Rösler plans special investment for Greece

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Rösler plans special investment for Greece

German Economy Minister Philipp Rösler is reportedly working on a 16-point plan to encourage German companies to invest in Greece, including the idea of setting up special economic zones.


Just hours after the eurozone countries agreed a €109 billion rescue package for the Greek economy, business daily Handelsblatt on Friday reported Rösler was preparting to launch a type of Marshall Plan for the trouble country titled: “Investment and Growth Offensive for Greece.”

The paper, which said it had seen the plan, reported that its stated aim was to produce inducement for firms in order get them to contribute to increasing Greek economic growth in the long term.

The first step would be to organise a investment conference with the top business organizations in Germany. Rösler said he had already secured the ‘advisory support’ of the Greek government in connection with the privatisation of state assets, the paper reported.

German industry on Thursday displayed its enthusiasm to work in Greece, with the Federation of German Industry (BDI) saying the rescue package agreed by the eurozone countries was only one element of what was needed.

“We also urgently need an investment programme, a business plan, a plan for the reconfiguring of the Greek economy,” said BDI manager Markus Kerber.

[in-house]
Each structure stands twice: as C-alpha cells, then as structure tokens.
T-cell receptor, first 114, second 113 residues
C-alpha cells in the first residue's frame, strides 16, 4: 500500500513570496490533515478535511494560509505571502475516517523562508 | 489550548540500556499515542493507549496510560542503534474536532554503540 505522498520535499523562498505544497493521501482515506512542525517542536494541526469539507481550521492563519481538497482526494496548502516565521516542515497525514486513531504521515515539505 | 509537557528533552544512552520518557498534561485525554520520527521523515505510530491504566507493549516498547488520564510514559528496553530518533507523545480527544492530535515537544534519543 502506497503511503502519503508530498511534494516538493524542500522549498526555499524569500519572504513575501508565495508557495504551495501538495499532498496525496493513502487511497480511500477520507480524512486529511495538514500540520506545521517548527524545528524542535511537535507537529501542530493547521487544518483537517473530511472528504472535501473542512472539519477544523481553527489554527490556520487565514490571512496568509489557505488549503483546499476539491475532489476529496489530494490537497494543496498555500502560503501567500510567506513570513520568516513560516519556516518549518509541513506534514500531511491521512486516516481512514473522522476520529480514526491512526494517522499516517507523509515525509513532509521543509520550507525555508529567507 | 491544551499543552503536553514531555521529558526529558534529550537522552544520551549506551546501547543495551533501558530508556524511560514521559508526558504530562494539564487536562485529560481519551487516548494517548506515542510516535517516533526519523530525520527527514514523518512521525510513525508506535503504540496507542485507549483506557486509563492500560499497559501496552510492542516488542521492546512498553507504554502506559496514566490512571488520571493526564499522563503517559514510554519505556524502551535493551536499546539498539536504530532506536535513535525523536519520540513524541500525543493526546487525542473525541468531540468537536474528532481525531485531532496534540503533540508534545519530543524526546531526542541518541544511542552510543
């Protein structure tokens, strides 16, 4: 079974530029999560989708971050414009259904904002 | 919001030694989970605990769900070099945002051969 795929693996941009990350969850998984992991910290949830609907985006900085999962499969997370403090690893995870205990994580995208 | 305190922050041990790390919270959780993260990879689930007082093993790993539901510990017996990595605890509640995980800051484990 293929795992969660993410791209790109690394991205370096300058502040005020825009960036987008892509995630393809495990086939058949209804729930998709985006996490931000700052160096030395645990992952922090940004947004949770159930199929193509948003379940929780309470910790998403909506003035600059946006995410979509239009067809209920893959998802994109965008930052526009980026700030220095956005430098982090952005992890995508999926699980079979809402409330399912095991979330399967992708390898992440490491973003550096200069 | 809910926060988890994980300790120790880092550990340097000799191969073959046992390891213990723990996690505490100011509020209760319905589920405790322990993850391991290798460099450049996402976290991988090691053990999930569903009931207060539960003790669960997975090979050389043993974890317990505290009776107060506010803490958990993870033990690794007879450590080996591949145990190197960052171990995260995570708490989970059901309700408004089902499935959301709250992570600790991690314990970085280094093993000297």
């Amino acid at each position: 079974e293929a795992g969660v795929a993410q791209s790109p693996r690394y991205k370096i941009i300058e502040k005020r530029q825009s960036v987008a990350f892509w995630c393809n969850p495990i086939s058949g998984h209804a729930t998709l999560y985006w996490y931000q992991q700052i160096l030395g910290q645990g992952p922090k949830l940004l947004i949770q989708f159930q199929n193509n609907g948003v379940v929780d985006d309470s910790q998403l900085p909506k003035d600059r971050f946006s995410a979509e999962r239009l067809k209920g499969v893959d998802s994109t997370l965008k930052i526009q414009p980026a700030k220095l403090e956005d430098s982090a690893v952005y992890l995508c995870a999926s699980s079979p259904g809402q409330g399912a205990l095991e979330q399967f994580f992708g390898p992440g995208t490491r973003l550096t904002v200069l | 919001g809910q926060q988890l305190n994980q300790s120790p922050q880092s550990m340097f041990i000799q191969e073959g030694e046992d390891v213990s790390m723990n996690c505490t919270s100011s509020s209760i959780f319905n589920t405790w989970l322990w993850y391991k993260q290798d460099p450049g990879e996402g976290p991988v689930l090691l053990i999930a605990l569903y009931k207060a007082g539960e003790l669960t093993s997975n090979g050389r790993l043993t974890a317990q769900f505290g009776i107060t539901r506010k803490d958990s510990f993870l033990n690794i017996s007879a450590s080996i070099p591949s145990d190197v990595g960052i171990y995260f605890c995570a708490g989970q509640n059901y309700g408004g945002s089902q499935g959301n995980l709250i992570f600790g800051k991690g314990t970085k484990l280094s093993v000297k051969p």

The country should not only be able to bear its debts, but with the help of a different economic model, should also be able to achieve earnings in order to reduce its debts in the long term, he said.

Rösler said the organisation ‘Germany Trade and Invest’ was going to help Greece attract investors. Particularly interesting sectors include renewable energy, power station construction, energy efficiency, as well as tourism, telecommunications and transport.

Rösler’s plan also includes an EU-wide investor conference, to be set up with the German government, one aim of which will be to examine the idea of establishing model regions which would have special regimes. They would have their own specific laws covering labour, tax and planning, and have a single contact for investors.

The Local/hc


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